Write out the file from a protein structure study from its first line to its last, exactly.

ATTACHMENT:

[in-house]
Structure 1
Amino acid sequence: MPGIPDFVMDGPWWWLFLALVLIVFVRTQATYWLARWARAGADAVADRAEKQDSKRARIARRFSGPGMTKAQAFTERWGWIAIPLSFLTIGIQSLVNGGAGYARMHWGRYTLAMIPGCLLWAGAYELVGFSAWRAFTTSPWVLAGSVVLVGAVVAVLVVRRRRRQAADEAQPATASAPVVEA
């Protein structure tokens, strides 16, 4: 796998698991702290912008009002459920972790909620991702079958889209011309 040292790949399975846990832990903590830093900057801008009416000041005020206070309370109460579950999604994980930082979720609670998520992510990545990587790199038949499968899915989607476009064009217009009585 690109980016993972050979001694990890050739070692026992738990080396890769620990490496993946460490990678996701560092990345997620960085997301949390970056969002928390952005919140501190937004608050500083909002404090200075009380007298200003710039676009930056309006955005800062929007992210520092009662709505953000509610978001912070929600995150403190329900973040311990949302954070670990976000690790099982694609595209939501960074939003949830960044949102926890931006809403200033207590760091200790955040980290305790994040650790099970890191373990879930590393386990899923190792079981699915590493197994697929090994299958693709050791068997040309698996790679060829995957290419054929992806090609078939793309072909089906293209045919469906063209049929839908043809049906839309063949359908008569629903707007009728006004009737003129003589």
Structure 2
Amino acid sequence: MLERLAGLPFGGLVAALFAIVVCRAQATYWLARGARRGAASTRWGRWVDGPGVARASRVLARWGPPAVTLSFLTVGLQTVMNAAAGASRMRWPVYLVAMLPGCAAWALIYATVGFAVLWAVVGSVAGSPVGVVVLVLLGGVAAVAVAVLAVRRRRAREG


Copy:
[in-house]
Structure 1
Amino acid sequence: MPGIPDFVMDGPWWWLFLALVLIVFVRTQATYWLARWARAGADAVADRAEKQDSKRARIARRFSGPGMTKAQAFTERWGWIAIPLSFLTIGIQSLVNGGAGYARMHWGRYTLAMIPGCLLWAGAYELVGFSAWRAFTTSPWVLAGSVVLVGAVVAVLVVRRRRRQAADEAQPATASAPVVEA
């Protein structure tokens, strides 16, 4: 796998698991702290912008009002459920972790909620991702079958889209011309 040292790949399975846990832990903590830093900057801008009416000041005020206070309370109460579950999604994980930082979720609670998520992510990545990587790199038949499968899915989607476009064009217009009585 690109980016993972050979001694990890050739070692026992738990080396890769620990490496993946460490990678996701560092990345997620960085997301949390970056969002928390952005919140501190937004608050500083909002404090200075009380007298200003710039676009930056309006955005800062929007992210520092009662709505953000509610978001912070929600995150403190329900973040311990949302954070670990976000690790099982694609595209939501960074939003949830960044949102926890931006809403200033207590760091200790955040980290305790994040650790099970890191373990879930590393386990899923190792079981699915590493197994697929090994299958693709050791068997040309698996790679060829995957290419054929992806090609078939793309072909089906293209045919469906063209049929839908043809049906839309063949359908008569629903707007009728006004009737003129003589």
Structure 2
Amino acid sequence: MLERLAGLPFGGLVAALFAIVVCRAQATYWLARGARRGAASTRWGRWVDGPGVARASRVLARWGPPAVTLSFLTVGLQTVMNAAAGASRMRWPVYLVAMLPGCAAWALIYATVGFAVLWAVVGSVAGSPVGVVVLVLLGGVAAVAVAVLAVRRRRAREG